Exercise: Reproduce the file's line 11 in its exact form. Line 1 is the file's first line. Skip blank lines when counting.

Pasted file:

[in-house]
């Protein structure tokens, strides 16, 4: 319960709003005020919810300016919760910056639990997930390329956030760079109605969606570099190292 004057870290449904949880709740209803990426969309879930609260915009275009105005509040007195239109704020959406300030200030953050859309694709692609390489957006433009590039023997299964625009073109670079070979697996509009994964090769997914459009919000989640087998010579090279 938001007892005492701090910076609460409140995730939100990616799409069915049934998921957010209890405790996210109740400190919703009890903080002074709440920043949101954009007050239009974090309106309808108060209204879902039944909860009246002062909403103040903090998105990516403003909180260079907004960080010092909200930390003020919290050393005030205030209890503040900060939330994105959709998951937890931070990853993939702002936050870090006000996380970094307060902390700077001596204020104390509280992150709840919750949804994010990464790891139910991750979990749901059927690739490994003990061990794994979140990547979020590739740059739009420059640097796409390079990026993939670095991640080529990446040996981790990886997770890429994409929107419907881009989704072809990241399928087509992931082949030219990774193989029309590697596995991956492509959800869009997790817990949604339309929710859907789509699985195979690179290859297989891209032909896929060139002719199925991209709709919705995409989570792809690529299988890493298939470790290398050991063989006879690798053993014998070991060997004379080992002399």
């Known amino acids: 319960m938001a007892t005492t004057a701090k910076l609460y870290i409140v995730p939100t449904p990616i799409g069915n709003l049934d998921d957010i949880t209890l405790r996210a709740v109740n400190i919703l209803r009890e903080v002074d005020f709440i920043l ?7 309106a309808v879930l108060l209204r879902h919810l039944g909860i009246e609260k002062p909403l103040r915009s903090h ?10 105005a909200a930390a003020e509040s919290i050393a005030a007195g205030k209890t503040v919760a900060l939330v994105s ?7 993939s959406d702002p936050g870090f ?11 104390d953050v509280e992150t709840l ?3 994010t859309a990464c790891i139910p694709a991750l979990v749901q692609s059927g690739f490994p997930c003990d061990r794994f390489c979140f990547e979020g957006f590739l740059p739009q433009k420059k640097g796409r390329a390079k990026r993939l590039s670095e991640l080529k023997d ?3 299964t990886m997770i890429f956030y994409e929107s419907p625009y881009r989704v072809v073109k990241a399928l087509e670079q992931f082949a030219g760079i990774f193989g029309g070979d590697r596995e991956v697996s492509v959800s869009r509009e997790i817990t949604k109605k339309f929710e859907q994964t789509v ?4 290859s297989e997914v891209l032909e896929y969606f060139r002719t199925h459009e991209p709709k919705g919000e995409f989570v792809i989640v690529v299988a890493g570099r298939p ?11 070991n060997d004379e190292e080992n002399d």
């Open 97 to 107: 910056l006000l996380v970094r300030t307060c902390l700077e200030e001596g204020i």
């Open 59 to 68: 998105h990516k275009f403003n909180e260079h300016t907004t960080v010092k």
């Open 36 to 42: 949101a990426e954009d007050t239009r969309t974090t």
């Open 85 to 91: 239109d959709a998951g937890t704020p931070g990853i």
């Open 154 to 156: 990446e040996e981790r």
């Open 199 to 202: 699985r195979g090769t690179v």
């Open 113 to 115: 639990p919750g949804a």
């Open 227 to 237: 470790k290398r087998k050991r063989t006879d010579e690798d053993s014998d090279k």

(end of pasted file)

């Open 227 to 237: 470790k290398r087998k050991r063989t006879d010579e690798d053993s014998d090279k």